Dutch economy growth and the lowest unemployment rate since 2001 forecast
According to the latest forecast from CPB Netherlands Bureau for Economic Policy Analysis, the Dutch economy is gathering steam and is expected to grow by 3,2 percent in 2018 and a further 2,7 percent in 2019.
Dutch economy booming
The Forecast Central Economic Plan 2018 by the CPB estimates how the Netherlands will fair economically this year as well as the coming year. Estimations have been made based on a mild Brexit, where a trade agreement is reached. Should the situation turn out otherwise, it could be damaging to the Dutch economy.
According to the CPB’s report, the Dutch economy is expected to grow by 3,2 percent in 2018 and another 2,7 percent in 2019. Such growth means that the Netherlands will surpass Eurozone economy growth by 0,6 percent for the 2017-2019 period.
The reasons for the economic boom in the Netherlands include low-interest rates, a favourable international economy, a strong Dutch housing market and expansive budgetary policy.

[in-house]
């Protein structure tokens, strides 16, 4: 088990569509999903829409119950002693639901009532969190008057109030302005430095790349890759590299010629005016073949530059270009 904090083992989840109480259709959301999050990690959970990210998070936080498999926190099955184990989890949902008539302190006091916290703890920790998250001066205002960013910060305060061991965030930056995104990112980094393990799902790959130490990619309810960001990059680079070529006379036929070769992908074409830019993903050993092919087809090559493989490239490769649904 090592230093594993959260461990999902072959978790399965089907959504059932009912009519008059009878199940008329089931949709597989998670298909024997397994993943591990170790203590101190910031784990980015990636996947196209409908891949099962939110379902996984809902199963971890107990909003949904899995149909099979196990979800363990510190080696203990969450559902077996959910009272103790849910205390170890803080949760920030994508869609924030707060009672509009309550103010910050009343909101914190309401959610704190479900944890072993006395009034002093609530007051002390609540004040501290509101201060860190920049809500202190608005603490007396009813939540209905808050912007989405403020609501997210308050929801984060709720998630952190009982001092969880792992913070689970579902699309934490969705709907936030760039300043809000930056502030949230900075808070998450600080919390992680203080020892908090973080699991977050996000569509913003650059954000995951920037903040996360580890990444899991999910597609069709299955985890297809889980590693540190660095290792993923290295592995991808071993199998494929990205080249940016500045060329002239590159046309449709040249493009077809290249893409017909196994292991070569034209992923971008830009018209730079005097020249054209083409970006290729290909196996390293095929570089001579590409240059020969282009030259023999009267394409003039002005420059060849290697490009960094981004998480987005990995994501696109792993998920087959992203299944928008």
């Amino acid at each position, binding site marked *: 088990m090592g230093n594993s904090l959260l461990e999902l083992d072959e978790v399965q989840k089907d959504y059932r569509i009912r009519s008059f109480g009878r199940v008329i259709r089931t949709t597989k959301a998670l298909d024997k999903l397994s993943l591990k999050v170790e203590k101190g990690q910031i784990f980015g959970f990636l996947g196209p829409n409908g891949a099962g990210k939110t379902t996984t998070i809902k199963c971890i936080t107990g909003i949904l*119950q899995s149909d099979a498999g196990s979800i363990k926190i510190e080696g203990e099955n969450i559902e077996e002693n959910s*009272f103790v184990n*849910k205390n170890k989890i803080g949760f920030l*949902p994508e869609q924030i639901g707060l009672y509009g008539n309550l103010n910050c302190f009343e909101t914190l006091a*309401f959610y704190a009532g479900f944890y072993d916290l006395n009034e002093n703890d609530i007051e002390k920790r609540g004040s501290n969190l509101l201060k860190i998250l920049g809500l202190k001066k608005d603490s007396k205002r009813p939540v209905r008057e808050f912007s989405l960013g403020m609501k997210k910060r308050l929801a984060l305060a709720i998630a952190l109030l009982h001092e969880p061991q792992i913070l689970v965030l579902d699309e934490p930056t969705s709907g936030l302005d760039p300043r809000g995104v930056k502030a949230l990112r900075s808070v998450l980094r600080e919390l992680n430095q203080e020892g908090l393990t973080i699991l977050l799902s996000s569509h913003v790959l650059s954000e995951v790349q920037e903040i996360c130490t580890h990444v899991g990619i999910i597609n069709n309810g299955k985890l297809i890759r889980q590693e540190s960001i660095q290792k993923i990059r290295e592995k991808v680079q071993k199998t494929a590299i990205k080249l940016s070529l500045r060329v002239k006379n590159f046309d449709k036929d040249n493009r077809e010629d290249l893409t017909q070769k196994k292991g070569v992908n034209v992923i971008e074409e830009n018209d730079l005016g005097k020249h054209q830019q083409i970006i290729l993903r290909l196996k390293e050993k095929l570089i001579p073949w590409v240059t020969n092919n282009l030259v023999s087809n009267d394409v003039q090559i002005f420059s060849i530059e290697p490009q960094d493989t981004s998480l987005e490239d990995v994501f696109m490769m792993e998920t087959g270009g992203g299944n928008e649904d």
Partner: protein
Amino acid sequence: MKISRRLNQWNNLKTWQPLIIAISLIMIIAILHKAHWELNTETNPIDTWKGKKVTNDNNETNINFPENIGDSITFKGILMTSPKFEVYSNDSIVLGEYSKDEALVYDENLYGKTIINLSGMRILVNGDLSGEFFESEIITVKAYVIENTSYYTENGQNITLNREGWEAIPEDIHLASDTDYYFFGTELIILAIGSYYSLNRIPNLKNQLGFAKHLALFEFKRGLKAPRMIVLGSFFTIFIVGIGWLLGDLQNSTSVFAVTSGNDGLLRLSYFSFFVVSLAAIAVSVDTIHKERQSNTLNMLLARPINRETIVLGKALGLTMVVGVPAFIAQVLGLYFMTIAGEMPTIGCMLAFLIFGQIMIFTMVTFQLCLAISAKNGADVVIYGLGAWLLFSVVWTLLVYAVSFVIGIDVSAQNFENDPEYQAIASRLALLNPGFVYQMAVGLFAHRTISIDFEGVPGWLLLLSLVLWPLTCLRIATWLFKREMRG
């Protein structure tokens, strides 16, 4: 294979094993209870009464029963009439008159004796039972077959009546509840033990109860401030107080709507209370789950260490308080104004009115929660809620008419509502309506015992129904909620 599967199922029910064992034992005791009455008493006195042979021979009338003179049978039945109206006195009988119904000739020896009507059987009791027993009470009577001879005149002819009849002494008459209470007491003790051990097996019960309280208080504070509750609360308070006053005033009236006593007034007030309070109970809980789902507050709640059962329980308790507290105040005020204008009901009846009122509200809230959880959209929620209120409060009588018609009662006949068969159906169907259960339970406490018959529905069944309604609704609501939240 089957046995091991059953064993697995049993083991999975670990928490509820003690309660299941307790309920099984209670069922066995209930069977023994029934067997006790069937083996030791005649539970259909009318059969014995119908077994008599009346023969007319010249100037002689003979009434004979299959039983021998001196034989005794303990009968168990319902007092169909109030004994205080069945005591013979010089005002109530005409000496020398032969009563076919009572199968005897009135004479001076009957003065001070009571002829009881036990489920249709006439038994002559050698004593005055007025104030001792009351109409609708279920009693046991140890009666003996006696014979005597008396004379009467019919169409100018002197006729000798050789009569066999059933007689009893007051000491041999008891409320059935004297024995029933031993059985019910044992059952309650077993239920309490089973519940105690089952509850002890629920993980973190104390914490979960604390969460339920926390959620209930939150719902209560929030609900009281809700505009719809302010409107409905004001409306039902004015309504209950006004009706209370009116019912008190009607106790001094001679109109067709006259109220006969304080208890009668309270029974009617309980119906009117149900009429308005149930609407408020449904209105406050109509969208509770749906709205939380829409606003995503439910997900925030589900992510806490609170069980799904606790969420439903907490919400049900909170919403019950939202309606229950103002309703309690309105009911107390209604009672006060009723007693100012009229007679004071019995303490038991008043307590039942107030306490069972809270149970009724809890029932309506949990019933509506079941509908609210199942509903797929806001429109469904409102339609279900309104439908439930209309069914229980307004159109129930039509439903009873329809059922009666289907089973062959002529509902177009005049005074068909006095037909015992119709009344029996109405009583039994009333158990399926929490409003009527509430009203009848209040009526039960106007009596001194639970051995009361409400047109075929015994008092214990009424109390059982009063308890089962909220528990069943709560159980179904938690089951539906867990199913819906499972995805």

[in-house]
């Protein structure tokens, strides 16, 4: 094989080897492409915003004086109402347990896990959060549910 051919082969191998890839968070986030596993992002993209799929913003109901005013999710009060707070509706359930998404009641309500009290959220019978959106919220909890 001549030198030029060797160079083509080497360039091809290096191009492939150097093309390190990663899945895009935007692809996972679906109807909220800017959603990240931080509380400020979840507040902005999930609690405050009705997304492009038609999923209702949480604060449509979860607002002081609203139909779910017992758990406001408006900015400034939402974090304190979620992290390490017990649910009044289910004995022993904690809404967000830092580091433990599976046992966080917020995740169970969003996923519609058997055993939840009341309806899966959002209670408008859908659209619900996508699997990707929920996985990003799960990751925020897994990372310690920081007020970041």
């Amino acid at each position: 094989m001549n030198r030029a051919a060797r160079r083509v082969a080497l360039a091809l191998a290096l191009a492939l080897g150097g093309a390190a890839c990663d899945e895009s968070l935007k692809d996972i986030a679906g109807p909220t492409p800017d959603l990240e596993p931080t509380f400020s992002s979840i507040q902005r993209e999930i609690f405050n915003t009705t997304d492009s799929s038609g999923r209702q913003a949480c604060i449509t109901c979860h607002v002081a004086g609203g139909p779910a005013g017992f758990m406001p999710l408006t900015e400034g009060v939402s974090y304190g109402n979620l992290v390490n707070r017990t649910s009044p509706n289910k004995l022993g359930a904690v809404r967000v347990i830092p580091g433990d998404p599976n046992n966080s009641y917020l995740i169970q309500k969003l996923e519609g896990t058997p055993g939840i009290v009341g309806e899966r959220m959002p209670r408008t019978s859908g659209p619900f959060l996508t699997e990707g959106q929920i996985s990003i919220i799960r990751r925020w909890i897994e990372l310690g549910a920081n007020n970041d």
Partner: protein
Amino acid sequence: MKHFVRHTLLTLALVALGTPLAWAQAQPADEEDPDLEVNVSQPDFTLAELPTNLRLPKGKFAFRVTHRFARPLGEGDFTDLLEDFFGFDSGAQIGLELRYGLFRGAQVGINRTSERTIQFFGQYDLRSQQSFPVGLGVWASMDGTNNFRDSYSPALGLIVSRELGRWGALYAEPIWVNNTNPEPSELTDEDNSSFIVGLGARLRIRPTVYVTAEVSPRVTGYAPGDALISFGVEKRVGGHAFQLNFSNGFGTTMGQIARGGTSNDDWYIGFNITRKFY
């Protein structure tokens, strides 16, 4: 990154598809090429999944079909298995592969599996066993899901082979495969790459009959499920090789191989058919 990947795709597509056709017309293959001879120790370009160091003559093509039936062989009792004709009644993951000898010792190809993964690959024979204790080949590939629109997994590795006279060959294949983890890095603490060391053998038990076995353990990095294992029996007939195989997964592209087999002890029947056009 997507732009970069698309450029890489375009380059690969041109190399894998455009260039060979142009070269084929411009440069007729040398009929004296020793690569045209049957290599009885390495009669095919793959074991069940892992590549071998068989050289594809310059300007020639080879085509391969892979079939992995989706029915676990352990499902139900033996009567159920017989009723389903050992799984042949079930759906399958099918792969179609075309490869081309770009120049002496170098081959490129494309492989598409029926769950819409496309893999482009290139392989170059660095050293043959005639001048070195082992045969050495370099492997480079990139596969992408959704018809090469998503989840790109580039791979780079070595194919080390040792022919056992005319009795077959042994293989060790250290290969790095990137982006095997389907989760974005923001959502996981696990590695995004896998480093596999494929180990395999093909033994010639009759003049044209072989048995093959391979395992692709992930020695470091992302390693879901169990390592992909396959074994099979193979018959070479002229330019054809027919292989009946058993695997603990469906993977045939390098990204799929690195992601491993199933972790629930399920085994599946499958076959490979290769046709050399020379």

Despite the growing economy, it is not anticipated that the governmental surplus will improve. Last year, the Dutch government had a surplus of 1,1 percent. This year, a surplus of 0,7 percent GDP has been forecast, and in 2019, a surplus of 0,9 percent GDP is expected. The lower governmental surplus in 2018 and 2019 is principally due to higher spending by the government.
Unemployment in the Netherlands to decrease
The report also gives good news for those without a job in the Netherlands, as it predicts a decrease in unemployment from 4,9 percent to 3,9 percent this year and 3,5 percent in the following year. The unemployment rate in the Netherlands in 2019 will thus be the lowest it has been since 2001.
The decrease in unemployment rates will make it more difficult for businesses to find employees, and as a result, they will offer more permanent contracts and may be prepared to pay higher wages to attract staff and retain them.
More purchasing power for households in the Netherlands
The CPB forecasts an increase of 1,6 percent in the average purchasing power for all households by 2019. The increase in purchasing power will affect certain households differently.
Those receiving welfare benefits will only experience a 0,8 percent increase in purchasing power, whereas those in employment will see an increase of 1,8 percent and those receiving a pension will notice a 1,3 percent increase.